Ebola and Marburg hemorrhagic fevers
Ebola and Marburg hemorrhagic fevers are acute viral diseases that lead often to severe illness and death in humans and other primates. The infections typically affect multiple organs in the body and are often accompanied by hemorrhage (bleeding). Once the virus has been transmitted from an animal host to a human, it can then spread through person-to-person contact.
Ebola and Marburg hemorrhagic fevers are acute diseases that often lead to severe illness and death in both humans and nonhuman primates. The diseases typically affect multiple organs in the body and are often accompanied by hemorrhage (bleeding). The illnesses are caused by filoviruses, the only two known members of the virus family Filoviridae.
Image: Transmission electron micrograph depicting a number of filamentous Marburg virions. Source: CDC; Credit: E. Palmer and R. Regnery.
Marburg hemorrhagic fever was first recognized in 1967, when laboratory workers in Germany and Yugoslavia developed a hemorrhagic illness after handling tissue from green monkeys. The outbreak resulted in 31 infections and 7 deaths. Researchers later identified the cause as a never-before-seen filovirus, termed “Marburg” after one of the outbreak locations.
Eleven years later, Ebola virus was identified when two outbreaks of hemorrhagic fever occurred in northern Zaire (now the Democratic Republic of Congo) and southern Sudan. The causes of the outbreaks were identified as two different species of another novel filovirus, called “Ebola” after a river in northern Zaire. Both species proved to be highly lethal, as 90 percent of the Zairian cases and 50 percent of the Sudanese cases resulted in death.
There are five species of Ebola virus, named for the locations in which they were first recognized. Four of the five subtypes have caused disease in humans: Ebola-Zaire, Ebola-Sudan/Gulu, Ebola-Ivory Coast, and Ebola-Bundibugyo. The fifth, Ebola-Reston, has caused disease in nonhuman primates (gorillas, chimpanzees, and monkeys) but not in humans.
Filoviruses are believed to be zoonotic, meaning they are transmitted to humans by animals. The natural reservoirs, or animal hosts, of Ebola and Marburg viruses are not known. The viruses can replicate, or reproduce, in certain types of bats native to the areas where the viruses are found, so some researchers think that these bats could be the natural reservoirs.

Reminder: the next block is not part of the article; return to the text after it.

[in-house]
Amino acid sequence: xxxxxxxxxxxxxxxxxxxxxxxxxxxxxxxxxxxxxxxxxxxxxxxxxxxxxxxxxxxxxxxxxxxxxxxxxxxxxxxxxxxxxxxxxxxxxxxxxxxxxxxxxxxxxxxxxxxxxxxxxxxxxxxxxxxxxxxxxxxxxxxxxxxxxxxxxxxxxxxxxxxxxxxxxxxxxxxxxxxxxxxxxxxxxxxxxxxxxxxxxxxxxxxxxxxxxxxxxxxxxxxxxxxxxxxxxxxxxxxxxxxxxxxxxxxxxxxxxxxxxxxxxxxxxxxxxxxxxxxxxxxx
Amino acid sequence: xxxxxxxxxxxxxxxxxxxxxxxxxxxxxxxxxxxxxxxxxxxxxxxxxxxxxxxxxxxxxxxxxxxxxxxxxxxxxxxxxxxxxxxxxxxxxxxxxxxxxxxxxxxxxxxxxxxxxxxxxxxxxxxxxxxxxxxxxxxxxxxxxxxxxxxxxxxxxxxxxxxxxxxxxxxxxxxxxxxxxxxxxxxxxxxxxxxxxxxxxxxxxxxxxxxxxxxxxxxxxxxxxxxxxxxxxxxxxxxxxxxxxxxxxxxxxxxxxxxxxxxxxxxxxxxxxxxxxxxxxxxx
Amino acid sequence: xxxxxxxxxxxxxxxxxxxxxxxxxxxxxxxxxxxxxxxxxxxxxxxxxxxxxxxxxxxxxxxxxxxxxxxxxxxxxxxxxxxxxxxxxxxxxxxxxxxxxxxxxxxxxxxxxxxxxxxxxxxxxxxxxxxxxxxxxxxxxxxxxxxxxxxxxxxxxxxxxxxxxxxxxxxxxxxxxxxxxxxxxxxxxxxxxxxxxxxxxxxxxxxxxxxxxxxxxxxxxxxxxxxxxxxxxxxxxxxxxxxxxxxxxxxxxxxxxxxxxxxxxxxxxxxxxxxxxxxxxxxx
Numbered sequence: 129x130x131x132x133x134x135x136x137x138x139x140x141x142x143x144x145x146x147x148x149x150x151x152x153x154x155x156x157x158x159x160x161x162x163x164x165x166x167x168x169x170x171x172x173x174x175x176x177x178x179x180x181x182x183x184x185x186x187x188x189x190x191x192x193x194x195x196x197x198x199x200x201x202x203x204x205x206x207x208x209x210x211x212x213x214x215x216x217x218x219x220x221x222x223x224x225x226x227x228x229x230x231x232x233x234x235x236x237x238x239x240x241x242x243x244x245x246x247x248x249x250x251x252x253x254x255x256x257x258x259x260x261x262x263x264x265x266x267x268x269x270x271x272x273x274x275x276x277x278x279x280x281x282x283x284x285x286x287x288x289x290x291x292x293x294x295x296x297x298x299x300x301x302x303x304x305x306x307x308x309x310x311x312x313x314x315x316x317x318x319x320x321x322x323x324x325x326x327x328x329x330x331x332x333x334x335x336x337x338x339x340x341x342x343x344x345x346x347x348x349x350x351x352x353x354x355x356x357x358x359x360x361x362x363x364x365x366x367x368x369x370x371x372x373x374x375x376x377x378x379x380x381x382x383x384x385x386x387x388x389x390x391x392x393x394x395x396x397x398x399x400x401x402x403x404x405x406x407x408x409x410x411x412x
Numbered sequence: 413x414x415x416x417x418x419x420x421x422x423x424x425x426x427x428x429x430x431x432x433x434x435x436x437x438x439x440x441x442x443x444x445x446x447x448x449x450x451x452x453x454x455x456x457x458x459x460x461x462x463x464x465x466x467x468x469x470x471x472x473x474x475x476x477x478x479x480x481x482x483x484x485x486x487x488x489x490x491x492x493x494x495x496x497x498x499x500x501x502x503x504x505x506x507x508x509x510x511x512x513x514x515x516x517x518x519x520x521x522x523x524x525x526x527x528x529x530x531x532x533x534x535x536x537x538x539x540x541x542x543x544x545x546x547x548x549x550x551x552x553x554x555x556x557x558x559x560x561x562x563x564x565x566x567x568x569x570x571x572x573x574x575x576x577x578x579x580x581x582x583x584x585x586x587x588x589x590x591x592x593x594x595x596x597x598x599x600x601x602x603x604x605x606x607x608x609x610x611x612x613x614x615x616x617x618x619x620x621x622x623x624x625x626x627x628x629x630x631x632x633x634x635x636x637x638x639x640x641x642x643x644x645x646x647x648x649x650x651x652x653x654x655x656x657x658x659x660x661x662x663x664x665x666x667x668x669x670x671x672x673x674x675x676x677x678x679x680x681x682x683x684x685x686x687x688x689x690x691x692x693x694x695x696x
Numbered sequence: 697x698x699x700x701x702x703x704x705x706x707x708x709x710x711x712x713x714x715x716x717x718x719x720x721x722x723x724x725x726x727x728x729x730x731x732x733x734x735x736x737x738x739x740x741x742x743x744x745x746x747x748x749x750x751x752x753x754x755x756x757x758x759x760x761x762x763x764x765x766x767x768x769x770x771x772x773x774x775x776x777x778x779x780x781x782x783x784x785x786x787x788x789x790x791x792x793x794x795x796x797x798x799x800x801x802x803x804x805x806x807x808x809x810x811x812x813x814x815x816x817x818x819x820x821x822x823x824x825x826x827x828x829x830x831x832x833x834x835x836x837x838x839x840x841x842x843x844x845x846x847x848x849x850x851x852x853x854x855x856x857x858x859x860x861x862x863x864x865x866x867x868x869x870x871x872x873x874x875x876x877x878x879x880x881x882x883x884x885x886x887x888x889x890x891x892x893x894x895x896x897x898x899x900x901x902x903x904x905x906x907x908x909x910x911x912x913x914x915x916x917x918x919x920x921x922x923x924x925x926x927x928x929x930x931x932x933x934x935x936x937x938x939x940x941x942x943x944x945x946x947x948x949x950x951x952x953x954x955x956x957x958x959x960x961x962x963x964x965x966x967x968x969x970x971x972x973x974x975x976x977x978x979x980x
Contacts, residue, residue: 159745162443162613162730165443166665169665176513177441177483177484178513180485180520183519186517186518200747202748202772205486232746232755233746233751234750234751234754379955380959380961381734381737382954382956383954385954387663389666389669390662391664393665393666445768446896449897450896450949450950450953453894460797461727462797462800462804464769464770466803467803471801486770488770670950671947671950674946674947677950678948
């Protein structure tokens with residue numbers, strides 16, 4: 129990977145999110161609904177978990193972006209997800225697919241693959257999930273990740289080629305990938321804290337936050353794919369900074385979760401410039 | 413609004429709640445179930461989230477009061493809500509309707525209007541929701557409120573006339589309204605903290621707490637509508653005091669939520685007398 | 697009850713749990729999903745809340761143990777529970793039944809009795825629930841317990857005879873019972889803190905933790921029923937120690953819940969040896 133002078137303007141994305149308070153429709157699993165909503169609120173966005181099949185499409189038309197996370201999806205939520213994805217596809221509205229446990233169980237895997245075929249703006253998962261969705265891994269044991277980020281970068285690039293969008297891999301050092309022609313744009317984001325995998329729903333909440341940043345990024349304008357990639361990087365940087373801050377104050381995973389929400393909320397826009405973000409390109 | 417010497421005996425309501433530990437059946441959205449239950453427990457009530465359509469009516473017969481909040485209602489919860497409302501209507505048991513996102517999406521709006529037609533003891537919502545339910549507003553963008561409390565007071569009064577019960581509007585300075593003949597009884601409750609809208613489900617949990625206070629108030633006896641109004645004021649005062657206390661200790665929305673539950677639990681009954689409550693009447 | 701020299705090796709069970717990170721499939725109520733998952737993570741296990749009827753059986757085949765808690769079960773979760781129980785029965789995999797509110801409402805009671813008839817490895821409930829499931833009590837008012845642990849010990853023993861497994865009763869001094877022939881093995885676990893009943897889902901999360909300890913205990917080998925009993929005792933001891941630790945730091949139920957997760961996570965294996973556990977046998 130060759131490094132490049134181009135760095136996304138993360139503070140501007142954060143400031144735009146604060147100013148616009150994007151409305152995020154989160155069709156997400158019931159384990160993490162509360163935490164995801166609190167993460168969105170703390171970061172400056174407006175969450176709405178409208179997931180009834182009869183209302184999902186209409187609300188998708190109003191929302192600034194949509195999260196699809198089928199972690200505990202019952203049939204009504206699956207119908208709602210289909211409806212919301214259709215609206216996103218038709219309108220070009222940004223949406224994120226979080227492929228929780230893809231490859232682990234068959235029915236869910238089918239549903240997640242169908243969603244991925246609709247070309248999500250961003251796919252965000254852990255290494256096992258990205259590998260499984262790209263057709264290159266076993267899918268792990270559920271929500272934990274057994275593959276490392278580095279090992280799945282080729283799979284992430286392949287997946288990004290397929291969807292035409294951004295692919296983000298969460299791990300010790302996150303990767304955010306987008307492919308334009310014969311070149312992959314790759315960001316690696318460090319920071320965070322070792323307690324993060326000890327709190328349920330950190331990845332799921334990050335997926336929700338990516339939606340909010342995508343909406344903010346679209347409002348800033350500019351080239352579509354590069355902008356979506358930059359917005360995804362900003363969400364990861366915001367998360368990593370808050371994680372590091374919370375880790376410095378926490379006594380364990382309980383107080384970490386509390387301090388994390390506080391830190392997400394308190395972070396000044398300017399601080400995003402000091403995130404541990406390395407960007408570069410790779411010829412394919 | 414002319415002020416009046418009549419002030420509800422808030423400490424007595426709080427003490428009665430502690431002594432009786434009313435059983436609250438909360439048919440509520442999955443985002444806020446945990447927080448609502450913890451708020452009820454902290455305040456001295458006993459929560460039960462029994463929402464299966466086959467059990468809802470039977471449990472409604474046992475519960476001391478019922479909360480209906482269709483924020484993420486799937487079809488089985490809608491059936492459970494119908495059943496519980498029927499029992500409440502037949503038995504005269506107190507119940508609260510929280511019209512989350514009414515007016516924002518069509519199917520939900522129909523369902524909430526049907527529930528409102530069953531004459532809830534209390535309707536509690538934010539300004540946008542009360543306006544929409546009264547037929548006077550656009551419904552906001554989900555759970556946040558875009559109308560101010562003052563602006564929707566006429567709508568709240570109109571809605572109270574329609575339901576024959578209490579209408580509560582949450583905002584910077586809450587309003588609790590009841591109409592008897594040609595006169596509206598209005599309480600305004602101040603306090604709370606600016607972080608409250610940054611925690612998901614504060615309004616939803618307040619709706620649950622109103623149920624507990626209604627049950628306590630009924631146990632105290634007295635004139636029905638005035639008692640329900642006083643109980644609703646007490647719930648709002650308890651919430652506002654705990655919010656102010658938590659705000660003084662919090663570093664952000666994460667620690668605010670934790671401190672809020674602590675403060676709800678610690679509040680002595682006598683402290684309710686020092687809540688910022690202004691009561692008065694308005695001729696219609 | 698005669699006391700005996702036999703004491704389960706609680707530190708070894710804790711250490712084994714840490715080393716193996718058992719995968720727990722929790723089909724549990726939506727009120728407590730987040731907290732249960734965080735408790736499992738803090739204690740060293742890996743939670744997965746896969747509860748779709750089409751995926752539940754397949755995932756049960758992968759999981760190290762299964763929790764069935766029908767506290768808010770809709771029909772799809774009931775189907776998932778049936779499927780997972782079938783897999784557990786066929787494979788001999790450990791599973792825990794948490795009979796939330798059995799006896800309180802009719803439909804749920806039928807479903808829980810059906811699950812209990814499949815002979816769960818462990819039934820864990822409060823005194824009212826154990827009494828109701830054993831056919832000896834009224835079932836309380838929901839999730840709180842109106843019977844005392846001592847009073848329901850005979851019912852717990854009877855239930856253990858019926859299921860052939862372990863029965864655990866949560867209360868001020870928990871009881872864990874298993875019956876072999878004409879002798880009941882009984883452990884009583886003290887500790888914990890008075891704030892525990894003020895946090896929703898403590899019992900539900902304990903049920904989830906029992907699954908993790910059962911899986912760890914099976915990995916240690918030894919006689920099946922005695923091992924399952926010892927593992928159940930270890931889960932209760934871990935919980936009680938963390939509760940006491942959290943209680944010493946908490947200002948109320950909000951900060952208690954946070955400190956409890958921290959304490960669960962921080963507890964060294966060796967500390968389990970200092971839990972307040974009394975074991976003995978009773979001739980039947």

Once the virus has been transmitted to a human, it can then be spread through person-to-person contact. People can be exposed to Ebola and Marburg viruses from direct contact with the blood or secretions of an infected person.
Nosocomial transmission, or the spread of disease within a healthcare setting, also occurs, making the use of protective clothing and the disposal of needles and syringes crucial to preventing the spread of infection.
Symptoms of Ebola hemorrhagic fever usually appear 2 to 21 days after exposure to the virus. Symptoms include fever, headache, joint and muscle aches, sore throat, and weakness followed by diarrhea, vomiting, and stomach pain. Other symptoms, including rash, red eyes, hiccups, and internal and external bleeding, may also occur.
Symptoms of Marburg hemorrhagic fever appear 5 to 10 days after exposure to the virus. Symptoms appear suddenly and include fever, chills, headache, and muscle aches. Infected people may also develop a red rash usually on the chest, back, or stomach. Nausea, vomiting, chest pain, a sore throat, abdominal pain, and diarrhea may appear. Symptoms become increasingly severe and may include severe weight loss, delirium, shock, liver failure, and external bleeding.
Diagnosis of Ebola and Marburg hemorrhagic fevers can be difficult because early symptoms are often similar to other infectious diseases, such as malaria and typhoid fever.
If they suspect Ebola or Marburg infection, healthcare providers will isolate infected patients. Laboratory tests can confirm infection within a few days of the onset of symptoms.
Treatment and Prevention
There are no specific drugs to treat Ebola or Marburg hemorrhagic fevers. If hospitalized, ill people can be given supportive care such as intravenous fluids.
The molecular events that affect disease transmission and human response to Ebola and Marburg viruses are poorly understood. Researchers in NIAID’s Division of Intramural Research and at the Institute’s Vaccine Research Center as well as NIAID-supported scientists at external institutions are studying all aspects of Ebola and Marburg viruses and how they cause disease.
Investigators are seeking better ways to diagnose and treat Ebola and Marburg fevers. For example, NIAID scientists, in collaboration with researchers at the NIAID-supported New England Regional Center of Excellence, are investigating molecules called cathepsin inhibitors. Cathepsins play an essential role in allowing the Ebola virus to enter and infect cells. Cathepsin inhibitors could be developed to keep the virus from entering cells and causing disease.
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